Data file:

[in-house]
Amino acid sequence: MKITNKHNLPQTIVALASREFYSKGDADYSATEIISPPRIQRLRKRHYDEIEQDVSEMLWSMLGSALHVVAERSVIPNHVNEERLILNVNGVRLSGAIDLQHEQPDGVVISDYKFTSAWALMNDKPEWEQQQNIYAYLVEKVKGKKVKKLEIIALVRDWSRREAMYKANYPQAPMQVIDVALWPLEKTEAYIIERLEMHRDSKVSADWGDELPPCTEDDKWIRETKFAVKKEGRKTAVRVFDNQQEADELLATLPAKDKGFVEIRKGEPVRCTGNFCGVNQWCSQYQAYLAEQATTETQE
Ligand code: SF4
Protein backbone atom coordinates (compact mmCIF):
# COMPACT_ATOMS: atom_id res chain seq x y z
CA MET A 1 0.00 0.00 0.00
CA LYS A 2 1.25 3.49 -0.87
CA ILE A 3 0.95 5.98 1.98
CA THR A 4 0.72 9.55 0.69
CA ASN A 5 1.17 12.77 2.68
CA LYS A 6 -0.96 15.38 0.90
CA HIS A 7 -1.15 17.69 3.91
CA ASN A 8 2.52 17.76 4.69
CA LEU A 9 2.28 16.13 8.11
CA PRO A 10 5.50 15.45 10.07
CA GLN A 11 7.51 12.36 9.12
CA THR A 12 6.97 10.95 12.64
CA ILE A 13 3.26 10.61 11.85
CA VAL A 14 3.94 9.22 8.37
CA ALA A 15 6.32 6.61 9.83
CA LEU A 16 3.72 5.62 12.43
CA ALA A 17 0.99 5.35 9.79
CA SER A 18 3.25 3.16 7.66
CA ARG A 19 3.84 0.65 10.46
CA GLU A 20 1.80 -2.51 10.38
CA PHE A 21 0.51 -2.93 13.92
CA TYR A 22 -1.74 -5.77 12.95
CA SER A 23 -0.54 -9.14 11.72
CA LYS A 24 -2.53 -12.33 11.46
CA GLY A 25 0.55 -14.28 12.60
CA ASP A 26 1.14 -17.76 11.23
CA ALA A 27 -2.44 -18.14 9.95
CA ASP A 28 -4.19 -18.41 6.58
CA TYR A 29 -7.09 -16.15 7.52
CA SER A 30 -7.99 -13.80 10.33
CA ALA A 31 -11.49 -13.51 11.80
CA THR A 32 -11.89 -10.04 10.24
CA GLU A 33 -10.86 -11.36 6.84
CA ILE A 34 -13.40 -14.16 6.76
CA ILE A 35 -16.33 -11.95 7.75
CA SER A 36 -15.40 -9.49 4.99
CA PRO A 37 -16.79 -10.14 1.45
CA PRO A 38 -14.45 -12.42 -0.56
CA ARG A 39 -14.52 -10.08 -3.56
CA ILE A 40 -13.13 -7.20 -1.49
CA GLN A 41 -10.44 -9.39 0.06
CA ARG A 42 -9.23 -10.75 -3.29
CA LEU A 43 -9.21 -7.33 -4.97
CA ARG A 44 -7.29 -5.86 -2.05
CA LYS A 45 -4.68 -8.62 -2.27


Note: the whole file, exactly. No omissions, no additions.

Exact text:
[in-house]
Amino acid sequence: MKITNKHNLPQTIVALASREFYSKGDADYSATEIISPPRIQRLRKRHYDEIEQDVSEMLWSMLGSALHVVAERSVIPNHVNEERLILNVNGVRLSGAIDLQHEQPDGVVISDYKFTSAWALMNDKPEWEQQQNIYAYLVEKVKGKKVKKLEIIALVRDWSRREAMYKANYPQAPMQVIDVALWPLEKTEAYIIERLEMHRDSKVSADWGDELPPCTEDDKWIRETKFAVKKEGRKTAVRVFDNQQEADELLATLPAKDKGFVEIRKGEPVRCTGNFCGVNQWCSQYQAYLAEQATTETQE
Ligand code: SF4
Protein backbone atom coordinates (compact mmCIF):
# COMPACT_ATOMS: atom_id res chain seq x y z
CA MET A 1 0.00 0.00 0.00
CA LYS A 2 1.25 3.49 -0.87
CA ILE A 3 0.95 5.98 1.98
CA THR A 4 0.72 9.55 0.69
CA ASN A 5 1.17 12.77 2.68
CA LYS A 6 -0.96 15.38 0.90
CA HIS A 7 -1.15 17.69 3.91
CA ASN A 8 2.52 17.76 4.69
CA LEU A 9 2.28 16.13 8.11
CA PRO A 10 5.50 15.45 10.07
CA GLN A 11 7.51 12.36 9.12
CA THR A 12 6.97 10.95 12.64
CA ILE A 13 3.26 10.61 11.85
CA VAL A 14 3.94 9.22 8.37
CA ALA A 15 6.32 6.61 9.83
CA LEU A 16 3.72 5.62 12.43
CA ALA A 17 0.99 5.35 9.79
CA SER A 18 3.25 3.16 7.66
CA ARG A 19 3.84 0.65 10.46
CA GLU A 20 1.80 -2.51 10.38
CA PHE A 21 0.51 -2.93 13.92
CA TYR A 22 -1.74 -5.77 12.95
CA SER A 23 -0.54 -9.14 11.72
CA LYS A 24 -2.53 -12.33 11.46
CA GLY A 25 0.55 -14.28 12.60
CA ASP A 26 1.14 -17.76 11.23
CA ALA A 27 -2.44 -18.14 9.95
CA ASP A 28 -4.19 -18.41 6.58
CA TYR A 29 -7.09 -16.15 7.52
CA SER A 30 -7.99 -13.80 10.33
CA ALA A 31 -11.49 -13.51 11.80
CA THR A 32 -11.89 -10.04 10.24
CA GLU A 33 -10.86 -11.36 6.84
CA ILE A 34 -13.40 -14.16 6.76
CA ILE A 35 -16.33 -11.95 7.75
CA SER A 36 -15.40 -9.49 4.99
CA PRO A 37 -16.79 -10.14 1.45
CA PRO A 38 -14.45 -12.42 -0.56
CA ARG A 39 -14.52 -10.08 -3.56
CA ILE A 40 -13.13 -7.20 -1.49
CA GLN A 41 -10.44 -9.39 0.06
CA ARG A 42 -9.23 -10.75 -3.29
CA LEU A 43 -9.21 -7.33 -4.97
CA ARG A 44 -7.29 -5.86 -2.05
CA LYS A 45 -4.68 -8.62 -2.27